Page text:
'The Little Mermaid' Visual Effects Supervisor Details How 'Truly Amazing' Halle Bailey Became A Mermaid

‘The Little Mermaid’ Visual Effects Supervisor Details How ‘Truly Amazing’ Halle Bailey Became A Mermaid

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Visual effects supervisor Tim Burke describes the complex digital effects used to put “truly stunning” Halle Bailey as Ariel and the rest of the cast members under the sea in Rob Marshall’s new musical adaptation of the Disney film The little Mermaidwhich is expected to earn up to $120 million over the four-day vacation.

In a new episode of The Hollywood Reporter‘S Behind the screen podcast, Burke – Oscar winner for Ridley Scott Gladiatorwhich was additionally nominated for Harry Potter and the Prisoner of Azkaban AND Harry Potter and the Deathly Hallows Part 1 and 2 – details the VFX process for making the film, which involved shooting the actors on rigs and creating hundreds of CG creatures under the sea.

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To capture the performances of Bailey and other actors playing aquatic characters, “it really felt like the principle for this would be to put the actors on platforms that could be spatially moved across the floor, using the stunt people to actually push the platforms and also to introduce dance people who could help the puppeteers of the actors so they can actually move in a way that essentially gave us the movement of their head.

“If you are held in a platform, there is no way to move your body. You have to be sheltered from a certain point,” she explains. “We used their faces for real, which allowed them to emote lines of dialogue, to give us the performance. … But then we’d replace everything but the faces and hands with digital bodies, which would allow us to translate motion through their bodies to make it look like they were actually pushing themselves through the water.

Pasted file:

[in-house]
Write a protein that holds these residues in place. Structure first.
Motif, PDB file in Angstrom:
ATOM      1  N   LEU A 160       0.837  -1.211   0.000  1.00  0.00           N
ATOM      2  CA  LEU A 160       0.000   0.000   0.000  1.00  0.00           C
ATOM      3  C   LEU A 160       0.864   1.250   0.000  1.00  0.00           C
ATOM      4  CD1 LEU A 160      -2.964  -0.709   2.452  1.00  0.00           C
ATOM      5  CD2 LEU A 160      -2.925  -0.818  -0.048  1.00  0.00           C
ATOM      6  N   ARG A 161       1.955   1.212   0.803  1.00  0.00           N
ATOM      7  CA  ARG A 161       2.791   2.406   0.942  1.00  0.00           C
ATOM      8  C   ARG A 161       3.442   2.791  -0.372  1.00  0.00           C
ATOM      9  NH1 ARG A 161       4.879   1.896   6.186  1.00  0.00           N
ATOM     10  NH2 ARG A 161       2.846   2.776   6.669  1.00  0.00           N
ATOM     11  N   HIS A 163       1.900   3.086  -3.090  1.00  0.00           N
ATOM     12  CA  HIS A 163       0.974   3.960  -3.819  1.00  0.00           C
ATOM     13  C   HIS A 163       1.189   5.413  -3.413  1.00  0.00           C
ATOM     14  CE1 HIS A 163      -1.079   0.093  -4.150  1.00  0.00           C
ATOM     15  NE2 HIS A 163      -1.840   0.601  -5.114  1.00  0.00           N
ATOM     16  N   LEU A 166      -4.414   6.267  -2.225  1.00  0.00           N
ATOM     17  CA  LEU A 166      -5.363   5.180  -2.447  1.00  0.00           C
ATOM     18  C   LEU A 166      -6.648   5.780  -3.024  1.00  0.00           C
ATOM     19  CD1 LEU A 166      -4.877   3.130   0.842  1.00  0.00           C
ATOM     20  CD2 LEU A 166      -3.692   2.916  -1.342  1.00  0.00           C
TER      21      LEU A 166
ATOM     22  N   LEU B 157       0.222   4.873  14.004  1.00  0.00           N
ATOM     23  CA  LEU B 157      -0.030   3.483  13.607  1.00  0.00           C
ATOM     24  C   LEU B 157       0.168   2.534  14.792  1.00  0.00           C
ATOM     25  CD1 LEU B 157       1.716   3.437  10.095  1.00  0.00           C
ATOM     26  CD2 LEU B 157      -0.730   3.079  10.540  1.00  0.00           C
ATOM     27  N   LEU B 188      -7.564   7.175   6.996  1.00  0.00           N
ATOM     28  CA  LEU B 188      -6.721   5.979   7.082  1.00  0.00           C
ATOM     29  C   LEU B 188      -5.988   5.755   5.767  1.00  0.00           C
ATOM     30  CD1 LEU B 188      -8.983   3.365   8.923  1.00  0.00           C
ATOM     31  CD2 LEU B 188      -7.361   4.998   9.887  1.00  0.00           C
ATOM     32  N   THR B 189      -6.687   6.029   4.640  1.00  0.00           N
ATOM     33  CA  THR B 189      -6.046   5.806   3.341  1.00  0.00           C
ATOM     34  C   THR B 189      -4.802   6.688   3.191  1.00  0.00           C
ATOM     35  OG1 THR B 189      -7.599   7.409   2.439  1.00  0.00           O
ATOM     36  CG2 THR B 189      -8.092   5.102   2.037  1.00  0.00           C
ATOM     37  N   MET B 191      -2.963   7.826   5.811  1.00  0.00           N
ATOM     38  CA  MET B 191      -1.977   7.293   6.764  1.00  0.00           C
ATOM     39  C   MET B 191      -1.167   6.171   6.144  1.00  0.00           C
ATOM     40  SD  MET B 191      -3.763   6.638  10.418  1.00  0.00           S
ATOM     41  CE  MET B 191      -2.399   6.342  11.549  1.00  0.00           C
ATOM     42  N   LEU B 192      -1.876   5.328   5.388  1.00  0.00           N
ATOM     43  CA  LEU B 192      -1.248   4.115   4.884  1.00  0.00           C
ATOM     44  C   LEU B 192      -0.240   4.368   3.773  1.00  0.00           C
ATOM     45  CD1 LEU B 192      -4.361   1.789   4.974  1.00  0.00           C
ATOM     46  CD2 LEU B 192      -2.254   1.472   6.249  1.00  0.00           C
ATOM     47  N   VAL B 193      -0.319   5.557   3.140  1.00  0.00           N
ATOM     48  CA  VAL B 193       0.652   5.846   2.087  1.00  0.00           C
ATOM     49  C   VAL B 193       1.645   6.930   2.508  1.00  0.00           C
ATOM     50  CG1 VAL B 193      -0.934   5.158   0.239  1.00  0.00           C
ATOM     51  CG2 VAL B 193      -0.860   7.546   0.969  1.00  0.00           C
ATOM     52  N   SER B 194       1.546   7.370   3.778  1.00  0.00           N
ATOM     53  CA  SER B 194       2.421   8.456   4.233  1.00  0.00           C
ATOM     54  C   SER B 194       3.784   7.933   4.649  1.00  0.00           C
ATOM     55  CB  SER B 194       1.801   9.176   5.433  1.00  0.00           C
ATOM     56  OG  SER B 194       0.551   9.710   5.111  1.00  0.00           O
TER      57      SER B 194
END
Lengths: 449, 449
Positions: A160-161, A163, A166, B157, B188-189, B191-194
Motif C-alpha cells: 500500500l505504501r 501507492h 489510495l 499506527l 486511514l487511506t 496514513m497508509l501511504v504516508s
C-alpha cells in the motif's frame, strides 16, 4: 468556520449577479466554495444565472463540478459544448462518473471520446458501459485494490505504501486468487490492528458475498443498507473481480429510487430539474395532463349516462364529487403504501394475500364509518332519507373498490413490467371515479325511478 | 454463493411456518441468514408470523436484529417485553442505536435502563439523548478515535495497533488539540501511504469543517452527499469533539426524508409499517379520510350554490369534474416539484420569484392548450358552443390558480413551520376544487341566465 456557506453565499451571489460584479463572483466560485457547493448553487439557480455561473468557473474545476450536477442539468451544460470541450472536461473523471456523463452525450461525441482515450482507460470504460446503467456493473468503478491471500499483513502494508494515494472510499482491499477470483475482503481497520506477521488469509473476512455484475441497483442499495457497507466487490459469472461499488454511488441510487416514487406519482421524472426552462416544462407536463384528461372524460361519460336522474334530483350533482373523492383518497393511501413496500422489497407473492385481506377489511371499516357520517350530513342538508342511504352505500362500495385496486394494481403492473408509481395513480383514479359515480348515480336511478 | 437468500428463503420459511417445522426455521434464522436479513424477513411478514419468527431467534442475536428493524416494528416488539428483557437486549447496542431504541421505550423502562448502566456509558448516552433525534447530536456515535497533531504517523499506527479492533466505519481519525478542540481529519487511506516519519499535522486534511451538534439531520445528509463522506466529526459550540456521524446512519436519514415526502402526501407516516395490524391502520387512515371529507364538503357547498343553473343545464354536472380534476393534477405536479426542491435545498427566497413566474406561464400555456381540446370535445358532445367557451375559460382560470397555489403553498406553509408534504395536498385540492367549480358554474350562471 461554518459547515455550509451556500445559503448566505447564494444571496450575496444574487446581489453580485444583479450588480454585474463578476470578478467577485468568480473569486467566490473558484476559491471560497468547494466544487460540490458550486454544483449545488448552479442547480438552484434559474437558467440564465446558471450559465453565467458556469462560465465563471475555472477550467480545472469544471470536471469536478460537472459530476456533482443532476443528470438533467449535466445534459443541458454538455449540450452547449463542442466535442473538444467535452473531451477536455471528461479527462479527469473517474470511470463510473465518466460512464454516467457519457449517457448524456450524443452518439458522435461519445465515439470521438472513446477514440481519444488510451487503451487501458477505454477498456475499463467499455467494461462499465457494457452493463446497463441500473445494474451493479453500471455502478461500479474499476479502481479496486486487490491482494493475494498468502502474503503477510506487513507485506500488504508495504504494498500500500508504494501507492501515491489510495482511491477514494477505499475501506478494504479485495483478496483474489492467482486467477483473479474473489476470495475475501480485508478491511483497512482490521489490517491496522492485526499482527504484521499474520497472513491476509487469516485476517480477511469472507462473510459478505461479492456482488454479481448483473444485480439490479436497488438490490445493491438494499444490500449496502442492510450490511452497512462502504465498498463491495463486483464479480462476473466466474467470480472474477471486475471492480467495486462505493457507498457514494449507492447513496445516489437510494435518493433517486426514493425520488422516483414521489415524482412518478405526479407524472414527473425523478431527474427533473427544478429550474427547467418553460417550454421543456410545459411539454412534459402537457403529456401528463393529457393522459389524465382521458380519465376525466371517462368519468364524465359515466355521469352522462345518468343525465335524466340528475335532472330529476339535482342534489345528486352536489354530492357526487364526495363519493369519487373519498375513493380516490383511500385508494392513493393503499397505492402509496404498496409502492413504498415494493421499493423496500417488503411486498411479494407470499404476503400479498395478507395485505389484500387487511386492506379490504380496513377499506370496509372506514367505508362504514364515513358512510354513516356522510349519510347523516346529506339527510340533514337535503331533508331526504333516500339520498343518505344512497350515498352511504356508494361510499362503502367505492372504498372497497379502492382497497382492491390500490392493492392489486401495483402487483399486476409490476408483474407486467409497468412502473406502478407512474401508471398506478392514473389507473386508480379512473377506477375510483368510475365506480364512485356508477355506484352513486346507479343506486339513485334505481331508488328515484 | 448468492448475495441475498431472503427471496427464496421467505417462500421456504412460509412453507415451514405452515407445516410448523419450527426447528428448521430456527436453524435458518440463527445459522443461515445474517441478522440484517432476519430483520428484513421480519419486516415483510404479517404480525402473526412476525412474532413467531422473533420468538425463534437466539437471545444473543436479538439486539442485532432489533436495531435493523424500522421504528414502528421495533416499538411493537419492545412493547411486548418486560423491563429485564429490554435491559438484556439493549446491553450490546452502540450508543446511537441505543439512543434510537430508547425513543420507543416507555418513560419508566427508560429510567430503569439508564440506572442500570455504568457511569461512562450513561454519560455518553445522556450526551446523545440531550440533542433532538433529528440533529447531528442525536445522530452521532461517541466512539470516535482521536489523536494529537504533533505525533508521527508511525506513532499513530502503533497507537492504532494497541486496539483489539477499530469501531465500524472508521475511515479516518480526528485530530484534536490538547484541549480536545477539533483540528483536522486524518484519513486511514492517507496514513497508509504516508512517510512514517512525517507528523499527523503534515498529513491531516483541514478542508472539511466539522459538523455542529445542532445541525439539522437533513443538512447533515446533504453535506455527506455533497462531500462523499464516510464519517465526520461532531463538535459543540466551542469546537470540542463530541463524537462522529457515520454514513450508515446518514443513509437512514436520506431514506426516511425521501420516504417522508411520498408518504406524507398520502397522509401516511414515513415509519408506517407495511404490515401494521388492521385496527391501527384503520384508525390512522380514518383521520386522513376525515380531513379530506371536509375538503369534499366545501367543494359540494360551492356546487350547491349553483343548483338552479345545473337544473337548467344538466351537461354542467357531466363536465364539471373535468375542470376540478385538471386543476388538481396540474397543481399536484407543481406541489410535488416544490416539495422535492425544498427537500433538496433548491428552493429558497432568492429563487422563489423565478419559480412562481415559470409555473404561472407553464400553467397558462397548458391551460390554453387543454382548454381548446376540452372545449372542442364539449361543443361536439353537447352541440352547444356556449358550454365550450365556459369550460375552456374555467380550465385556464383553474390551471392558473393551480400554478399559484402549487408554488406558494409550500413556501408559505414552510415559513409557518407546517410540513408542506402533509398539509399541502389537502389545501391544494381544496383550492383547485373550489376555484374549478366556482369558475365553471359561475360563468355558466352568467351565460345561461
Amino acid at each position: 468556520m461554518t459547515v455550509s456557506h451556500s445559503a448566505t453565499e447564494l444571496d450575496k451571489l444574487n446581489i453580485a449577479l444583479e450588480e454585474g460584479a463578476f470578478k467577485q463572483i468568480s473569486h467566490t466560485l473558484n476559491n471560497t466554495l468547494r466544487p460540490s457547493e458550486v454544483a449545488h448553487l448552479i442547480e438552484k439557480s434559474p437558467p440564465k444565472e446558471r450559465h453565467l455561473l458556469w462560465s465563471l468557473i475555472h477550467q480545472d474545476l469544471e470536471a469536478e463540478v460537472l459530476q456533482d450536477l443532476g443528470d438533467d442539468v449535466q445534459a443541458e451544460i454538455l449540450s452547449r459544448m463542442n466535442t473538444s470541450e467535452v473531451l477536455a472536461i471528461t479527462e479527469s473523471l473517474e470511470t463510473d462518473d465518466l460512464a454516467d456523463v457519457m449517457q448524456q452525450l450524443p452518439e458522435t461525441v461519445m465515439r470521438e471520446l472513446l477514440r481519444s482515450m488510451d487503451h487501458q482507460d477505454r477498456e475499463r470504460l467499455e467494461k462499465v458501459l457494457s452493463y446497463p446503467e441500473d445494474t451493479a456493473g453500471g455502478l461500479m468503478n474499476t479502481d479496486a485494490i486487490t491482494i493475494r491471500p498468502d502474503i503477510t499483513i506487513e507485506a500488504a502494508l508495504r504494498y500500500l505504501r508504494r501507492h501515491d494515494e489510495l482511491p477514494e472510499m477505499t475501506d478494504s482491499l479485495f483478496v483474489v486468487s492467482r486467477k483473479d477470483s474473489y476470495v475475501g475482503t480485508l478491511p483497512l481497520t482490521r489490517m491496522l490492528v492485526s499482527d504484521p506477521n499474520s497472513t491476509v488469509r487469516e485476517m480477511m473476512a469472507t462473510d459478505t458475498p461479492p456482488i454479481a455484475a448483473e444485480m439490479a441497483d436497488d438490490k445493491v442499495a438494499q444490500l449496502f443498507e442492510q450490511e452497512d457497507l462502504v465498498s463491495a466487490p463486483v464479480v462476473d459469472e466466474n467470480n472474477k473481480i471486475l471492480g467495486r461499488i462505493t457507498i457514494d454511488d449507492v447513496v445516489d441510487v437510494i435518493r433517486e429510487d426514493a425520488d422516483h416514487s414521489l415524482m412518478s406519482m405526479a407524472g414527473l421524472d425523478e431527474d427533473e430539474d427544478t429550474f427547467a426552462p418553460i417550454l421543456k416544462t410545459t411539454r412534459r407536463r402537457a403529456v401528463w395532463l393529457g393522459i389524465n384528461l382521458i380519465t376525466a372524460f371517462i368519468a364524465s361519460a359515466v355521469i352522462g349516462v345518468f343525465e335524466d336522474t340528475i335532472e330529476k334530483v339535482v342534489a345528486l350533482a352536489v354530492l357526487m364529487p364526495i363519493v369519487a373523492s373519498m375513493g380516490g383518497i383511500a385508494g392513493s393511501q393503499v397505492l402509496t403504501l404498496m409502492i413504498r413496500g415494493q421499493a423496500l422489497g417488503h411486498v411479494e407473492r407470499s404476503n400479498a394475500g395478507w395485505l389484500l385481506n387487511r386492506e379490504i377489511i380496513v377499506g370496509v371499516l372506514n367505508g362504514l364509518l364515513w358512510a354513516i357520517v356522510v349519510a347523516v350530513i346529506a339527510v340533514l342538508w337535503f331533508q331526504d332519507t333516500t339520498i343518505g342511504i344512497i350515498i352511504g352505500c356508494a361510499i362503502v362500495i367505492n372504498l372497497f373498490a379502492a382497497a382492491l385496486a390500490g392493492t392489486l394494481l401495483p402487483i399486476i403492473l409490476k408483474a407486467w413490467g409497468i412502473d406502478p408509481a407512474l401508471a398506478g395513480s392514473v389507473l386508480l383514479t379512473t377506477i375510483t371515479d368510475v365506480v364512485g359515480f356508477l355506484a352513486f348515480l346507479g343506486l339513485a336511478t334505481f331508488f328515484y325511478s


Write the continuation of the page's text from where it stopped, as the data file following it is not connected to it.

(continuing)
He adds that not only was Bailey “delivering the most amazing performance and singing, within these rigs, but she was also giving a performance and believability.”

“It was really her performance that sold that she was a mermaid. Replacing her body, putting her tail, of course, creating the animation that accompanied her physical movement, it was so much easier when we actually had a believable performance from her. She did an unbelievable amount of intense physical training to be able to work on this because she spent – I don’t know how many hours a day, but several hours a day – almost supporting herself through her stomach muscles in different positions (in the drilling).

Other topics include the musical number “Under the Sea,” which he narrates, was the most complex as some individual shots contained up to 400 or more hand-animated characters.

He also shares his thoughts on the state of the VFX business. You can listen to the full conversation here: